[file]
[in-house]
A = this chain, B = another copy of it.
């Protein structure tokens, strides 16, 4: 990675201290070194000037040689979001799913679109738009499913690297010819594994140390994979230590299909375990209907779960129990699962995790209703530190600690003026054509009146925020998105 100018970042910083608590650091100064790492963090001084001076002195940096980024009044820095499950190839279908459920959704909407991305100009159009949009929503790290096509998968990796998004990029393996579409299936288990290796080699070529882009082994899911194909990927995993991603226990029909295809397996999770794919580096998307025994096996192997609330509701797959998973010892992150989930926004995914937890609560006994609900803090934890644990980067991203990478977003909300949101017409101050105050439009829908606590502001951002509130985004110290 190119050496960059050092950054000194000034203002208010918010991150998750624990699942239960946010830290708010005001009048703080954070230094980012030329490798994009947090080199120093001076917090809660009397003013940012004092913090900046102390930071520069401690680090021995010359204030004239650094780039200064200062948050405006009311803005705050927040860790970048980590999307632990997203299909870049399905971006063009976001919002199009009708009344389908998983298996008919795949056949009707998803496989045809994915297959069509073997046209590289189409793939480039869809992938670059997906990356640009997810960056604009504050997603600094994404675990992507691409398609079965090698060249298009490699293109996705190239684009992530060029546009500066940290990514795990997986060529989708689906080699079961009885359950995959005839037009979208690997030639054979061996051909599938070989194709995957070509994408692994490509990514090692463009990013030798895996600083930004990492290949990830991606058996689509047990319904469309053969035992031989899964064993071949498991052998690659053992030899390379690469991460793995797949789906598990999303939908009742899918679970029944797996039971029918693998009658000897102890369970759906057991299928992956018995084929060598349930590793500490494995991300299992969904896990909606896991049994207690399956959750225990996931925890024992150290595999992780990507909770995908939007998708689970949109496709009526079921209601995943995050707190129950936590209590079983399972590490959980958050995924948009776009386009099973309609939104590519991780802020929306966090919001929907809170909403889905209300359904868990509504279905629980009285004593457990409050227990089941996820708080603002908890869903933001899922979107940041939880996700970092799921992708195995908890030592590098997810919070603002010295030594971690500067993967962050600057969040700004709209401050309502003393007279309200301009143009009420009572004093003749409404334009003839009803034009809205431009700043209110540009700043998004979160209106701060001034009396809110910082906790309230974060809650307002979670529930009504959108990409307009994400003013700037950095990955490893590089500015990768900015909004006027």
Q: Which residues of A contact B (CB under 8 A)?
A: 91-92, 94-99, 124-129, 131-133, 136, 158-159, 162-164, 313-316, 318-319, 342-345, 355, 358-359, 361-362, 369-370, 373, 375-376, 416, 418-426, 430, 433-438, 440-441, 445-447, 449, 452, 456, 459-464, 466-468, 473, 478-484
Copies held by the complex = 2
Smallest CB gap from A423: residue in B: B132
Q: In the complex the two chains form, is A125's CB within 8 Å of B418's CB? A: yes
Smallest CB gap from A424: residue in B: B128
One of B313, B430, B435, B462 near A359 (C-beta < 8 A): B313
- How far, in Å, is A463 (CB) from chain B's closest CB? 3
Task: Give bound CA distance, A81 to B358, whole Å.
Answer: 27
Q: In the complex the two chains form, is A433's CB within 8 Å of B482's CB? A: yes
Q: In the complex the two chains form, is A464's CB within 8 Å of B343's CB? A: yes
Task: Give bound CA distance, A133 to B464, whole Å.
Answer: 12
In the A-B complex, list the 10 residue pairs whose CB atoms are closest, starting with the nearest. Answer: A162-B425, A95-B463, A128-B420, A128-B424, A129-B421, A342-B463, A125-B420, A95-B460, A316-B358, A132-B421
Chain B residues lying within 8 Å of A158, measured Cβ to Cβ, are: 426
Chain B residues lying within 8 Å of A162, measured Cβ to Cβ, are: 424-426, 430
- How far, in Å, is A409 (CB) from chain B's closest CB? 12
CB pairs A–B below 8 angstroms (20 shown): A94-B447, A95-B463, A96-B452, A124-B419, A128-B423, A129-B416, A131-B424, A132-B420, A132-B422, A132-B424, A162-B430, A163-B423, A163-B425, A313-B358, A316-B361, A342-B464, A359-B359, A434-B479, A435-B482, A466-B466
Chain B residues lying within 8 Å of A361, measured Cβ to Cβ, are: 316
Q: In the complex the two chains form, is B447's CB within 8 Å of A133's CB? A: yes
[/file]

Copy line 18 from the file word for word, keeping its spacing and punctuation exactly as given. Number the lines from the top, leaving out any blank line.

In the A-B complex, list the 10 residue pairs whose CB atoms are closest, starting with the nearest. Answer: A162-B425, A95-B463, A128-B420, A128-B424, A129-B421, A342-B463, A125-B420, A95-B460, A316-B358, A132-B421